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Publication numberUS1798639 A
Publication typeGrant
Publication dateMar 31, 1931
Filing dateOct 10, 1928
Priority dateOct 10, 1928
Publication numberUS 1798639 A, US 1798639A, US-A-1798639, US1798639 A, US1798639A
InventorsTvestmann Rudolf
Original AssigneeLeitz Inc E
Export CitationBiBTeX, EndNote, RefMan
External Links: USPTO, USPTO Assignment, Espacenet
Polishing machine
US 1798639 A
Abstract  available in
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Claims  available in
Description  (OCR text may contain errors)

March 31, 1931. R. TVESTMANN 1,798,639


Filed Oct. 10, 1928 33%; 1M) Jm Mia/M Patented Mar. 31, 3931 uairno srArss PATENT OFFICE BUDOIJF TVESTMANN, OF NEW YORK, N. Y., ASSIGNOR TO E. LEITZ INCQA. GOBPORA- TION on NEW YORK roLI snme MAC INE Application filed October' lO, 1928. Serial No. 311,449.

This invention relates to improvements in polishing machines of the type used in. lab-.'-

oratories for grinding and polishing speci mens for test purposes. .More particularly this invention relates to polishing machines of the type disclosed in the U. S. Patent No. 1,636,557 dated July 19th, 1927, in which the specimen or work is held in a workholder in contact with a polishing disk .byv means of an electromagnet, and suitable mechanism. is

provided for oscillating the work on the Tig. 1 is a plan view of a polishing machine embodying the inventionwith certain parts omitted.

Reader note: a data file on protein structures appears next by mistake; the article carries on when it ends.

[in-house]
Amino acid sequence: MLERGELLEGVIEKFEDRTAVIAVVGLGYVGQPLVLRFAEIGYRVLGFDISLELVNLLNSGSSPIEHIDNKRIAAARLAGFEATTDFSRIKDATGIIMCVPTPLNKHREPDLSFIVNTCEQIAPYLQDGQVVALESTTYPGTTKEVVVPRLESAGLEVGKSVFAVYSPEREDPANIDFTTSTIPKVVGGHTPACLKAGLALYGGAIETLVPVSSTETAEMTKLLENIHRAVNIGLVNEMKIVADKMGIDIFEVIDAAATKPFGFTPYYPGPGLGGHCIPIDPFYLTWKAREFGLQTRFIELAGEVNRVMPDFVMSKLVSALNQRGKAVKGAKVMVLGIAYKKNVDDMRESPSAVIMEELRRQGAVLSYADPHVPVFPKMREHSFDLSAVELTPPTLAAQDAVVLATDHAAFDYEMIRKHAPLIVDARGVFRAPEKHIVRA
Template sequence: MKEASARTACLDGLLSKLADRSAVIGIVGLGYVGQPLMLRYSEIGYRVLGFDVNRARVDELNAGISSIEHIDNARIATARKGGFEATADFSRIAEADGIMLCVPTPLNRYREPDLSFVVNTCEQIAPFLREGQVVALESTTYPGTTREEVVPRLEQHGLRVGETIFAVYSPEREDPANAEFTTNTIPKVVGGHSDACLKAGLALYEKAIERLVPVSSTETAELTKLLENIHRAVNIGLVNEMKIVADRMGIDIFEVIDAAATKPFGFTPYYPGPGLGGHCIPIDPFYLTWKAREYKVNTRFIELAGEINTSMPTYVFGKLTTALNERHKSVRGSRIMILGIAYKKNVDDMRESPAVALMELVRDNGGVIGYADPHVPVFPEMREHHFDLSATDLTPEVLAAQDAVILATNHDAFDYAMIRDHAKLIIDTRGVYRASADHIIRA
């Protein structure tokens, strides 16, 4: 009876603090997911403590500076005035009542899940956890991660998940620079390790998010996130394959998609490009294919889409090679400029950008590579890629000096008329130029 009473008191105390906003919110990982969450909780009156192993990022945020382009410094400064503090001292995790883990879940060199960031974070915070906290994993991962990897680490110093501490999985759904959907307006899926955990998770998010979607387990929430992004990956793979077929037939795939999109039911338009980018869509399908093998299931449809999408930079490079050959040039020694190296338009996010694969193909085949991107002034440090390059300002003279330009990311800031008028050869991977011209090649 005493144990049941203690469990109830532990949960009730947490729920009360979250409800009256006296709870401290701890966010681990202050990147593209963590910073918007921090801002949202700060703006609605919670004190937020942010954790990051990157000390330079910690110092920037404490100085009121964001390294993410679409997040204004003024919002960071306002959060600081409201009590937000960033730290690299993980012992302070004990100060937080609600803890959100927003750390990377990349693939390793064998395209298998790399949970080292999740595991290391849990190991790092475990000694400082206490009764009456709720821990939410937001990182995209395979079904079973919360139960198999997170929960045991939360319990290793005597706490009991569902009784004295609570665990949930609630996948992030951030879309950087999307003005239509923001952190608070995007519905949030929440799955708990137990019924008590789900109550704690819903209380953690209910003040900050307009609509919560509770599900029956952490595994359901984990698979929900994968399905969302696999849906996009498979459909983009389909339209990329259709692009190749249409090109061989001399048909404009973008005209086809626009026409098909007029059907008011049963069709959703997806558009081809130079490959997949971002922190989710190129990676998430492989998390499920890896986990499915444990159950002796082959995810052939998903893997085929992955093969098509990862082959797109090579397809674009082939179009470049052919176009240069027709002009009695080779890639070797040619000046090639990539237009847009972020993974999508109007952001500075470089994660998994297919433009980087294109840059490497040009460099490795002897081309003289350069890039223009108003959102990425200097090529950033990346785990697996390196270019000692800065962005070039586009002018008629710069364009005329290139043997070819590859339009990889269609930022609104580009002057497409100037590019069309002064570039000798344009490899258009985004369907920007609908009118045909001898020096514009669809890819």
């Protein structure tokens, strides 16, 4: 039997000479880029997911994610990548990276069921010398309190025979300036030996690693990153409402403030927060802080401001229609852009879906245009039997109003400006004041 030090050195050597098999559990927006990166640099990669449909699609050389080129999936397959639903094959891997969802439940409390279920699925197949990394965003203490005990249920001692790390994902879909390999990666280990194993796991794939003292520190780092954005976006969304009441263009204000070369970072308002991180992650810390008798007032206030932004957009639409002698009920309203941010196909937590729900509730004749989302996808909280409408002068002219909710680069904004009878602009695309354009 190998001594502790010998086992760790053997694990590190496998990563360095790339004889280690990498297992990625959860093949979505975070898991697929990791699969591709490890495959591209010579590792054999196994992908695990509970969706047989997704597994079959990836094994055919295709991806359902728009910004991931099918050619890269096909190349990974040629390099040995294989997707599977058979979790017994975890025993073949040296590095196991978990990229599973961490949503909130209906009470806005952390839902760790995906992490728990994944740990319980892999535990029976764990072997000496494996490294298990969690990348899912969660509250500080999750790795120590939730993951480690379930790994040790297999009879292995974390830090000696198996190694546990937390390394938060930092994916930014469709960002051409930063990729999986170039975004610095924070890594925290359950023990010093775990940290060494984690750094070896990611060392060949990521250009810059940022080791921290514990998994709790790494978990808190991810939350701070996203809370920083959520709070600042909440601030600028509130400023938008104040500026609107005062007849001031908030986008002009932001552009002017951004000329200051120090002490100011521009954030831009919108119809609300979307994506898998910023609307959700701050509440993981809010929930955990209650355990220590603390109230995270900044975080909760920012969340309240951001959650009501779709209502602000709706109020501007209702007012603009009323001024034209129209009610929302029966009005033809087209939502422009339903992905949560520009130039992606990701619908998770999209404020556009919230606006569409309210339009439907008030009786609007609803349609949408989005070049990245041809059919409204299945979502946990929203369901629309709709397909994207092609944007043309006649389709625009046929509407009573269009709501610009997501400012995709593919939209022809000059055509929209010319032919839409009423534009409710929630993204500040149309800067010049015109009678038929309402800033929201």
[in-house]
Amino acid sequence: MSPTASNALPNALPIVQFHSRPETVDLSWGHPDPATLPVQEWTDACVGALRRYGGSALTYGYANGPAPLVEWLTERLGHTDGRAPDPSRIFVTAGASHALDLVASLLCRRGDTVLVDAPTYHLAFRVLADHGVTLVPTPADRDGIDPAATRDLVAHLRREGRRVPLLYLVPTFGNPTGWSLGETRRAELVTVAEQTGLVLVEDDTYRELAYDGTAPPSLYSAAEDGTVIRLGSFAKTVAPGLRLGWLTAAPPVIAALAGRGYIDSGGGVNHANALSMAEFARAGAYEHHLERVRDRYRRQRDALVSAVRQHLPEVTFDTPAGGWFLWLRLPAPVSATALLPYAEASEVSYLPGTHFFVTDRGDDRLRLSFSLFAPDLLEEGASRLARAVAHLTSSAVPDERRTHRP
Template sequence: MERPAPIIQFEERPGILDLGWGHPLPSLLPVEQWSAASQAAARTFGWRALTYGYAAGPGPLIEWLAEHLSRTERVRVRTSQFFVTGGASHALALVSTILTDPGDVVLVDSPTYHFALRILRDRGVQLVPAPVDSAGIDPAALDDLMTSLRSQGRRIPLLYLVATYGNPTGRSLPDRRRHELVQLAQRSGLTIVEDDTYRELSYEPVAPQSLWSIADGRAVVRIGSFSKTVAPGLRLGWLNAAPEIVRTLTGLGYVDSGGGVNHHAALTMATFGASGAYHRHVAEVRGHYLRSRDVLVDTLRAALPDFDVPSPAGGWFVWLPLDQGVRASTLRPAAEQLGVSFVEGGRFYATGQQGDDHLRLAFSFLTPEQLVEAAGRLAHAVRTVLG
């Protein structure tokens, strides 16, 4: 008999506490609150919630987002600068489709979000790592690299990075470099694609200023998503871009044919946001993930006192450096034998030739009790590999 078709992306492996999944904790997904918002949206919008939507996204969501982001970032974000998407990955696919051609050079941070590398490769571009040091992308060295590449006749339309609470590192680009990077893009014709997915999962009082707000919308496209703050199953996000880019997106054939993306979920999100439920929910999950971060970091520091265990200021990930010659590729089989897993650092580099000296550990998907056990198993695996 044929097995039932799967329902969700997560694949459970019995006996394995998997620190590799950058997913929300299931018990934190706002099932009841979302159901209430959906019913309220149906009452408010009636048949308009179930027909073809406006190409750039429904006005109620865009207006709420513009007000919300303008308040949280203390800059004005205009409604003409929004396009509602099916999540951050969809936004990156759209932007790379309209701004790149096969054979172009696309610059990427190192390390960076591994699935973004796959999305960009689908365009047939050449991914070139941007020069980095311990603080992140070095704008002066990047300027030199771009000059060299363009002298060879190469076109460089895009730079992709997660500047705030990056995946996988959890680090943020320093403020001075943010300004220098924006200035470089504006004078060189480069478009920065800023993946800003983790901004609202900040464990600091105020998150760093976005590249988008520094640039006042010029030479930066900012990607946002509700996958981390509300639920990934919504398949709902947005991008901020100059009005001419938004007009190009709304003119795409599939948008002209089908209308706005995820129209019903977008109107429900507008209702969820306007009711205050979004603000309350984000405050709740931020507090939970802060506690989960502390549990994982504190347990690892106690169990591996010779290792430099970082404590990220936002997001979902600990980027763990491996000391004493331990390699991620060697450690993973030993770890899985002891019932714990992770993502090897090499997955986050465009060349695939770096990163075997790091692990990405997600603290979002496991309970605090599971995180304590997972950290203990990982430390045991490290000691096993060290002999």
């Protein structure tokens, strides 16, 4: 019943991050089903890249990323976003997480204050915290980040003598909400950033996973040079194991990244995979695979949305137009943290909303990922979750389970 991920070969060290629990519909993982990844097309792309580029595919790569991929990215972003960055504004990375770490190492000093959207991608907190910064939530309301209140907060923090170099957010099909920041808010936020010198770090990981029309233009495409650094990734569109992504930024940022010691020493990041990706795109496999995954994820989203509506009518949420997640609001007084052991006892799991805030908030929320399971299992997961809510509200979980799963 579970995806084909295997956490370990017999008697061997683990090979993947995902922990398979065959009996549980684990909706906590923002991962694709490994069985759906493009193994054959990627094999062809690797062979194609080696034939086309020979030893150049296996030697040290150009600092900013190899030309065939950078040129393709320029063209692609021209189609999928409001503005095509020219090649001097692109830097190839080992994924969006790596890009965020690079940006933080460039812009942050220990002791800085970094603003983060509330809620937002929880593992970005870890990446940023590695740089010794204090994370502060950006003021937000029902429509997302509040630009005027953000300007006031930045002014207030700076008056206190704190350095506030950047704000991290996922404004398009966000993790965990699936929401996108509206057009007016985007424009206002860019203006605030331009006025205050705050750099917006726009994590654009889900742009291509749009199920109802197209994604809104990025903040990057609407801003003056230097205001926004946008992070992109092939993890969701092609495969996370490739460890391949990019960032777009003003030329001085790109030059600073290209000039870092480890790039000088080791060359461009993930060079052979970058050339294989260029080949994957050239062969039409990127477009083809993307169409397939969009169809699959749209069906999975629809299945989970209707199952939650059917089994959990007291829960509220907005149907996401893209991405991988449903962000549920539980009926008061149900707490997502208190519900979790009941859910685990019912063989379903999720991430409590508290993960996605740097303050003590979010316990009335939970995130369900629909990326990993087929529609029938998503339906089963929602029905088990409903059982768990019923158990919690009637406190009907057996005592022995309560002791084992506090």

Fig. 2 is a side viewof the machine with parts omitted and arts in section.

Fig. 3 is a detail view showing how the specimens are mounted in the work holder.

The specimen or work to be olished is mounted in a suitable work holder. Heretofore it has been the practice to use a short I section of iron pipe and mount the specimen in one end thereof by means of wax or cement. This requires quite some time and skill and it is not always feasible to mount a small specimen in'this manner.

One object of this invention is therefore to provide a work holder of novel construction and means for quickly mounting the work therein. The work holder comprises a barrel 5 and two cooperating semi-circular jaws 6, 6 having a pivotal edge '7 which divides each jaw into a larger upper portion 8 and a smaller lower portion 9.

The jaws are cut angularly as at 10 to enable them to seize the work, and a screw 11 is operated to force the upper ends of the jaws apart, and the lower ends of the jaws together to seize the specimen or work.

In mounting a specimen 12, Figure 3,, use is made of a stage 13 having an annular ,14- and the two jaws placed .When thescrew is operated, the jaws are means o'f a pulley 19 to which plied" Thework holder is held in positionflange 14 and a shallow socket or depression 15. The specimen l2- isplaced on the latter, the rrel put on the stage within the flange inside the barrel.

moved around their pivots 7 seize and clamp the work and at the same time the aws are selflockmg within thebarrel as is obvious. lVhen the screw is screwed outward, the parts of the workholder come apart and the work is released.